This site is intended for health professionals only

Avoid the term ‘online consultation’ on your practice website, says NHS England guide

by Beth Gault
14 November 2022

Share this article

Practices should avoid using the phrases ‘online consultation’, ‘practice’ and ‘triage’ on their websites because they can be misunderstood by patients, according to a new NHS England guide.

The guide for surgeries and PCNs, called Creating a highly usable and accessible GP website for patients, intends to help improve patient satisfaction and reduce the burden on receptionists and clinical staff by allowing patients to ‘effectively self-serve’.

Its recommendations were based on user testing with 102 patients with low to moderate digital confidence.

One recommendation was for practices not to use the term online consultation ‘anywhere on a GP website’, and instead use the phrase ‘request an appointment online’ to avoid confusion.

The guide explained that ‘online consultation’ can be misleading. It is often used to link to an online consultation form for patients to fill out about symptoms but implies it will lead to a consultation with a doctor online. Out of 100 users asked what the term ‘online consultation’ meant, 83% didn’t know or were unsure.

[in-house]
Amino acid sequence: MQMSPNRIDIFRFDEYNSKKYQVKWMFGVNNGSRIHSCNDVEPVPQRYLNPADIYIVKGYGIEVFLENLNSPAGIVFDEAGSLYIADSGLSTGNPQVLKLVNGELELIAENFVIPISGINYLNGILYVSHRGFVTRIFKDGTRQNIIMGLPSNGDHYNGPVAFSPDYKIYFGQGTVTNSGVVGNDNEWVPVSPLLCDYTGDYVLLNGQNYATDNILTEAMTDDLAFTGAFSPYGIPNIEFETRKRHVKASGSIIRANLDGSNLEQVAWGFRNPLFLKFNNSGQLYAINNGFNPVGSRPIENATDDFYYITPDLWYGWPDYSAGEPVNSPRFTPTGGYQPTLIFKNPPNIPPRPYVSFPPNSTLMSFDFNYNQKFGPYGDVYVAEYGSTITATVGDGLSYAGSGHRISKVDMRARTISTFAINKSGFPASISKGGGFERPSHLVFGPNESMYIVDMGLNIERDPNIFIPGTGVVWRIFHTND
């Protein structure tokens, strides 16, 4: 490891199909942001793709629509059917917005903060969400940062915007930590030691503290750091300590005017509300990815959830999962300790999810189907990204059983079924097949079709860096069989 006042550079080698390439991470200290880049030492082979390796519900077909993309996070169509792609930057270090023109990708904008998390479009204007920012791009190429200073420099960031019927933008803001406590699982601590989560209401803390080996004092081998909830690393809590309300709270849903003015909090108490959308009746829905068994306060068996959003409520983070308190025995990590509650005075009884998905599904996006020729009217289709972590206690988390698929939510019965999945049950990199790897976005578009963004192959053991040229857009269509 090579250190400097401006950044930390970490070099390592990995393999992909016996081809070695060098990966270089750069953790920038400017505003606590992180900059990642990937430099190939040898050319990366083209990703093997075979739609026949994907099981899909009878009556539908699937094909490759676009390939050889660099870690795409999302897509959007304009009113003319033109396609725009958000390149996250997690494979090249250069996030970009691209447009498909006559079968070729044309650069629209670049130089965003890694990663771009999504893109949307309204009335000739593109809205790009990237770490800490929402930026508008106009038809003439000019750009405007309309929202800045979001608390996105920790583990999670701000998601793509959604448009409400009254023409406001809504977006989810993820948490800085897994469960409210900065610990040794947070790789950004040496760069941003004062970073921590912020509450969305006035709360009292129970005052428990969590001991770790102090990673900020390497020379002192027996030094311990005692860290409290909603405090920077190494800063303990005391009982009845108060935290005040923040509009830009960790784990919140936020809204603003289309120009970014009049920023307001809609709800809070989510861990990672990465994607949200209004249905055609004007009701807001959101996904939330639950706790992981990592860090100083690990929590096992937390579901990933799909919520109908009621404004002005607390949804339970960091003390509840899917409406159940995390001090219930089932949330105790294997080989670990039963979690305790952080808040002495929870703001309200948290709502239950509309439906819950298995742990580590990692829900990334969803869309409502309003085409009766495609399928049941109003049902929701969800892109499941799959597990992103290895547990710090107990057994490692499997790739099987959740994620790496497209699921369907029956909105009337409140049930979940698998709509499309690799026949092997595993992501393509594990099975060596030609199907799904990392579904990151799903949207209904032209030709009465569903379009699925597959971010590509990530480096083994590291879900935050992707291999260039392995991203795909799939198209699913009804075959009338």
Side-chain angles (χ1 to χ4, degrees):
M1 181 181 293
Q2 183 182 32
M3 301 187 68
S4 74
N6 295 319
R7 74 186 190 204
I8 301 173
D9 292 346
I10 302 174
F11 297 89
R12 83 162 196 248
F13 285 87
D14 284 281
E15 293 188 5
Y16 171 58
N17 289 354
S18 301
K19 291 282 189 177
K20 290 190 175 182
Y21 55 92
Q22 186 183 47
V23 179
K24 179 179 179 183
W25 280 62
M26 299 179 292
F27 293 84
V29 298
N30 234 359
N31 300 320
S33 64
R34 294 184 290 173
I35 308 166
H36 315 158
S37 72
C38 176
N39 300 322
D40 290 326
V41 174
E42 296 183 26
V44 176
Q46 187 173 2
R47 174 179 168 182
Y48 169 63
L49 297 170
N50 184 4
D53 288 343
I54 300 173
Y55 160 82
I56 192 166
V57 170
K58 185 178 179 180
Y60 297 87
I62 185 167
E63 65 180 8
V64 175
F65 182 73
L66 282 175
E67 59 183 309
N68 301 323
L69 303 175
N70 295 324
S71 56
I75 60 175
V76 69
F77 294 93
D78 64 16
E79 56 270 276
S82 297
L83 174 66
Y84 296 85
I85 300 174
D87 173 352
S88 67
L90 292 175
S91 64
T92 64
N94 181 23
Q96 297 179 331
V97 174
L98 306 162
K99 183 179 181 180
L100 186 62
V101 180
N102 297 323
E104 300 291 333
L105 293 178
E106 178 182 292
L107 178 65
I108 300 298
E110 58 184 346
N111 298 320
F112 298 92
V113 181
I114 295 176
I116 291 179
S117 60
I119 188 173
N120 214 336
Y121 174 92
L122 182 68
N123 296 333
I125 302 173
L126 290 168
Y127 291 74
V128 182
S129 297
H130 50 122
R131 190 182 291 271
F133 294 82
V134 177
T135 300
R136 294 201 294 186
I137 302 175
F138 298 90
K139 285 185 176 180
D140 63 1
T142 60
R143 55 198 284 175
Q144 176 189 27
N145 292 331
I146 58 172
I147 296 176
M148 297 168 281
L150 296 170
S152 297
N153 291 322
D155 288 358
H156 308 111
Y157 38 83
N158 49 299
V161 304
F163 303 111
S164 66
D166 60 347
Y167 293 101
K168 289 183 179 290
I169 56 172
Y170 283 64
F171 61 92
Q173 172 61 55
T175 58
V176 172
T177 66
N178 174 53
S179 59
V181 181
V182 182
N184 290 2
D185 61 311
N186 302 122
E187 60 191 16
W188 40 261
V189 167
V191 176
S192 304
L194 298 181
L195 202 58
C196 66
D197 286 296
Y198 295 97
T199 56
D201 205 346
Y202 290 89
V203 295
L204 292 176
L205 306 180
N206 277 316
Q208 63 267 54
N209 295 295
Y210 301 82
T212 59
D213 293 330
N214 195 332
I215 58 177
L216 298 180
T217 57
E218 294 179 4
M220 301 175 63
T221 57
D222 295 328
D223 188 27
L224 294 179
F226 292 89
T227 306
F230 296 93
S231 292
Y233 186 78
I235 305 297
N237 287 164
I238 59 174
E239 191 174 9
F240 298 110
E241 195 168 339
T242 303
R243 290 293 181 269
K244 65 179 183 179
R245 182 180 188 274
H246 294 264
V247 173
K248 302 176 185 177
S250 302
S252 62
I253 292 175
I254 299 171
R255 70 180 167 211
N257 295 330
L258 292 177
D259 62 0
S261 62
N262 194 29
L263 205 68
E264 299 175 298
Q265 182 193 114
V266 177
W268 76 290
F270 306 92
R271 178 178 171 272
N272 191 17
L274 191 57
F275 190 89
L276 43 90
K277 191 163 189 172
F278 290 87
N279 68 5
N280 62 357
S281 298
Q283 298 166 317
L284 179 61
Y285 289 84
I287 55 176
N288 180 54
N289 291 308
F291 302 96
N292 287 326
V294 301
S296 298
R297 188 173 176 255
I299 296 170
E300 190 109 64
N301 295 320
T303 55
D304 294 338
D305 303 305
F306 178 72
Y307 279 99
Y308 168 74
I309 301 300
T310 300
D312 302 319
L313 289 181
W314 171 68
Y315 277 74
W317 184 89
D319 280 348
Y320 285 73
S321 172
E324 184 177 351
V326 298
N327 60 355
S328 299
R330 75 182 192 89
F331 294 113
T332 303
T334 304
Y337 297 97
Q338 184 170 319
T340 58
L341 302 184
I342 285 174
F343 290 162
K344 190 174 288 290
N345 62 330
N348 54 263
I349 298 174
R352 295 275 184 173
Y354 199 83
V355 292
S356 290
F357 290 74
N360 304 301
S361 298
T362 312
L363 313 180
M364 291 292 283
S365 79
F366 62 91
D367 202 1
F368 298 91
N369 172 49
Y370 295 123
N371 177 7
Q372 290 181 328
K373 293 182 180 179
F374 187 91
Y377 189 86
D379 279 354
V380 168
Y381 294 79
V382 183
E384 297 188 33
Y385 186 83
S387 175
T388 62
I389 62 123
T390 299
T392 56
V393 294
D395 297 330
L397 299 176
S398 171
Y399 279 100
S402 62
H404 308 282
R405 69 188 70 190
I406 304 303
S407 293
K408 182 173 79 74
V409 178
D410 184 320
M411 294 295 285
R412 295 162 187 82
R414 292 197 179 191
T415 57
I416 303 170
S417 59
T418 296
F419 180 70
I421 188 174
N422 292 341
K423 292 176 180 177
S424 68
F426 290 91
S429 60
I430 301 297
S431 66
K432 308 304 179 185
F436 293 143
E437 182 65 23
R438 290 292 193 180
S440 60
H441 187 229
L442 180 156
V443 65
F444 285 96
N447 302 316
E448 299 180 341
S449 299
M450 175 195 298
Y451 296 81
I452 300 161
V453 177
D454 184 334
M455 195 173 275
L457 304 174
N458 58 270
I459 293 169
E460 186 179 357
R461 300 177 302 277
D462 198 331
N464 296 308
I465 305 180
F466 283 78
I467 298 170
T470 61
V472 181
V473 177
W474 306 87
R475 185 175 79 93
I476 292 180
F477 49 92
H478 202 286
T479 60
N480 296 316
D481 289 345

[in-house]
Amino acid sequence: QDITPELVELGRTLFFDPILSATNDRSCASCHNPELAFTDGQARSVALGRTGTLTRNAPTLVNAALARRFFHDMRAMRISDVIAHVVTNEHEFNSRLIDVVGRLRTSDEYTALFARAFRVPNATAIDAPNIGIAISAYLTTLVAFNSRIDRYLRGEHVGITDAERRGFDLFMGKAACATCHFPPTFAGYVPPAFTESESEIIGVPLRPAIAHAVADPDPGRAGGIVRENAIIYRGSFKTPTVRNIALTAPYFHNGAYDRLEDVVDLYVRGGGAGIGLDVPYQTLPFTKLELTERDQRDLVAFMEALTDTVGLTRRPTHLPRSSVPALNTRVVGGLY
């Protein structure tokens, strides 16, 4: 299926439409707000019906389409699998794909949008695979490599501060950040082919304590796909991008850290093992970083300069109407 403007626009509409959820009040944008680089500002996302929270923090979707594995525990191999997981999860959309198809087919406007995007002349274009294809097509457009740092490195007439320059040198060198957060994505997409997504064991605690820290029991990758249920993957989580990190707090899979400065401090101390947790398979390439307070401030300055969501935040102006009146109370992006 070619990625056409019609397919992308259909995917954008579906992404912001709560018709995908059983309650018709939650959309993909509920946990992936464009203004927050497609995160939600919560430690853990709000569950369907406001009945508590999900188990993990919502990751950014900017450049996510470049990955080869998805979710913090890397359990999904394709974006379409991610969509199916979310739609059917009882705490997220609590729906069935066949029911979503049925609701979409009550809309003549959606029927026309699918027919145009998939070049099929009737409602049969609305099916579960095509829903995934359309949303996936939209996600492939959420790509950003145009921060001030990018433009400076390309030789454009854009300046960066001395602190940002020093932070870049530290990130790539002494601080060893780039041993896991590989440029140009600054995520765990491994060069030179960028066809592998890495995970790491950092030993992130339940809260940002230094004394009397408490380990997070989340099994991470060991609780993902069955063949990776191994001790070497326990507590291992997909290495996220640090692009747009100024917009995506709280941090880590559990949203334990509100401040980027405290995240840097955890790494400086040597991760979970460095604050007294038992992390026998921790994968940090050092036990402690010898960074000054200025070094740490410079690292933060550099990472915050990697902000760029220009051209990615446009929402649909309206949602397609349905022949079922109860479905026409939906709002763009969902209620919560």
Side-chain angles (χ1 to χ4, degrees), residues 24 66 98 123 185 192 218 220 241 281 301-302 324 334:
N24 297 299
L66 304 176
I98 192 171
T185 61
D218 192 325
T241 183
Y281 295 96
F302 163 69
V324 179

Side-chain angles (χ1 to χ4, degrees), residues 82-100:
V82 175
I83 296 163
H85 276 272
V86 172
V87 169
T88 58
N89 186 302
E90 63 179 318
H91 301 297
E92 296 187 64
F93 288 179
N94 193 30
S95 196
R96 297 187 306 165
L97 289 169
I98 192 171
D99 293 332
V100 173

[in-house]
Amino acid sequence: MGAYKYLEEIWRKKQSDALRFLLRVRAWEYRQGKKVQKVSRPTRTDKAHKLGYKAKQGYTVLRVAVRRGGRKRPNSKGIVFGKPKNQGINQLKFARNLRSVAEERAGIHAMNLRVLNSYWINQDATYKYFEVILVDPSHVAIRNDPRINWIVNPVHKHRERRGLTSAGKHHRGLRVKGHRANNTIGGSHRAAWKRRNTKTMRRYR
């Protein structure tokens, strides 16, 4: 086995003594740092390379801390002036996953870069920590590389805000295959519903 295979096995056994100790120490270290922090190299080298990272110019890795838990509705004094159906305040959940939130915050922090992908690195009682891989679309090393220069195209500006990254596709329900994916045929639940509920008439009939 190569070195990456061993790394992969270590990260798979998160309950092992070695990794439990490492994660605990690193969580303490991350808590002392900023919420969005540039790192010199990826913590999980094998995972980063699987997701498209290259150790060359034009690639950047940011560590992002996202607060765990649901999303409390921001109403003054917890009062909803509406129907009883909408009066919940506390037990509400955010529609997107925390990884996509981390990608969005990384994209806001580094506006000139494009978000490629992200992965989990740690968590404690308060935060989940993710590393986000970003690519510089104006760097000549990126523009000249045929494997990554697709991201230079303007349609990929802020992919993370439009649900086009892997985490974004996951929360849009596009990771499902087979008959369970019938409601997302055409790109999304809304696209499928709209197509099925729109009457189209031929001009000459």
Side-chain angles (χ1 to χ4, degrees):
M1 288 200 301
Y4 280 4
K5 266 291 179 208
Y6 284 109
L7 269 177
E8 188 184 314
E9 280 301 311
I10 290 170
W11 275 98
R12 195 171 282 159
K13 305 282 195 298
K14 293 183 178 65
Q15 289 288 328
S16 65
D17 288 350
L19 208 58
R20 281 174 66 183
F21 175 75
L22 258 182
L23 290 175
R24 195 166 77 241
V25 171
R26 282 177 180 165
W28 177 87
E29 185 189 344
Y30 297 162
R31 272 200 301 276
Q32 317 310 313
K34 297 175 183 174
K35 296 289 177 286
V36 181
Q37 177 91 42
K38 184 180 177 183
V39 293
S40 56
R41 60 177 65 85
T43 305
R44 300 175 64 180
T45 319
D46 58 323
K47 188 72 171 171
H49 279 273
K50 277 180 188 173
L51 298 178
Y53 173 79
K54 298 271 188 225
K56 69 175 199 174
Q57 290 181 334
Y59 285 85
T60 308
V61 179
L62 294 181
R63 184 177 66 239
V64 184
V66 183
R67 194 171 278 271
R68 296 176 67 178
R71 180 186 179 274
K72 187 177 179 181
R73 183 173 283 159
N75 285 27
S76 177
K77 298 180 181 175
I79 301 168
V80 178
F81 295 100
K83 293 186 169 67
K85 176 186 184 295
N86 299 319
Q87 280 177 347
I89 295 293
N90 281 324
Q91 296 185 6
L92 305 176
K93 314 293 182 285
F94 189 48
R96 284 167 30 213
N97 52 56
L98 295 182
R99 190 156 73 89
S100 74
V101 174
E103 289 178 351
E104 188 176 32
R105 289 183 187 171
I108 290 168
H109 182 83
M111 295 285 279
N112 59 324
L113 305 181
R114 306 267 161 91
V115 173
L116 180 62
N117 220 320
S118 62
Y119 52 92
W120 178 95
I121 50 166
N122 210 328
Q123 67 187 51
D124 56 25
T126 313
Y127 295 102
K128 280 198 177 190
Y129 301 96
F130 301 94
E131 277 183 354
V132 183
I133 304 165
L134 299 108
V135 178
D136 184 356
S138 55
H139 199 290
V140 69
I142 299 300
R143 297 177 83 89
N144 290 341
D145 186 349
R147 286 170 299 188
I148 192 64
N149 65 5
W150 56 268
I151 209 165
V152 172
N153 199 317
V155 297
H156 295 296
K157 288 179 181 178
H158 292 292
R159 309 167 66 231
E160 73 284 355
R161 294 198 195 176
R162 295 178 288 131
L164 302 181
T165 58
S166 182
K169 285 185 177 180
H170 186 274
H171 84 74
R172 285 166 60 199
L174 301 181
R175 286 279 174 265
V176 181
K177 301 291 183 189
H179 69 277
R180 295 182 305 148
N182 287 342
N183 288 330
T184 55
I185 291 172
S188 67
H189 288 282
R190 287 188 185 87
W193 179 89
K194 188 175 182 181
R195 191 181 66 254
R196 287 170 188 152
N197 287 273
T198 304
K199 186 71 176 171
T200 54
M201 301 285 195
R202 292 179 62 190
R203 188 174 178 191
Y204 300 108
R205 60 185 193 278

The guide said: ‘Using a form or answering a series of questions around symptoms is often a new concept to patients. 

‘Our research showed the term ‘online consultation’ is unfamiliar to patients and is misleading, implying they are going to have a consultation with a doctor online (rather than complete a form).’

Meanwhile the word, ‘consultation’ should be used when referring to all contacts with a doctor or healthcare professional, regardless of channel. For example, ‘Our doctors may consult with you face-to-face, by phone, by video call or by text or email’.

The guide also recommended using the word ‘surgery’ rather than ‘practice’ as it is a ‘more familiar’ to patients.

The word ‘triage’ is on the list to avoid too. So instead of, ‘Your request will be triaged,’ it would be better to use a sentence such as, ‘We will look at the information you give us and decide the most suitable person for you to see and when they are available.’

The guidance covers a wide range of areas for making websites as user friendly as possible, including how many items should be on the main menu, where to have links, what to link to, how to make sections more accessible for those with cognitive disabilities, and how to test a site to assess its overall usability.

The guide said: ‘GP websites no longer exist just to display information, they are becoming places where patients can complete tasks. This shift to being places where you can provide services makes websites a valuable tool for practices and worthy of time and effort to ensure they are optimised.

‘The website should help the practice to provide care to its patients and should be integral to its approach, not seen as separate.’

A study last year found that three-quarters of GP practice websites did not meet readability standards.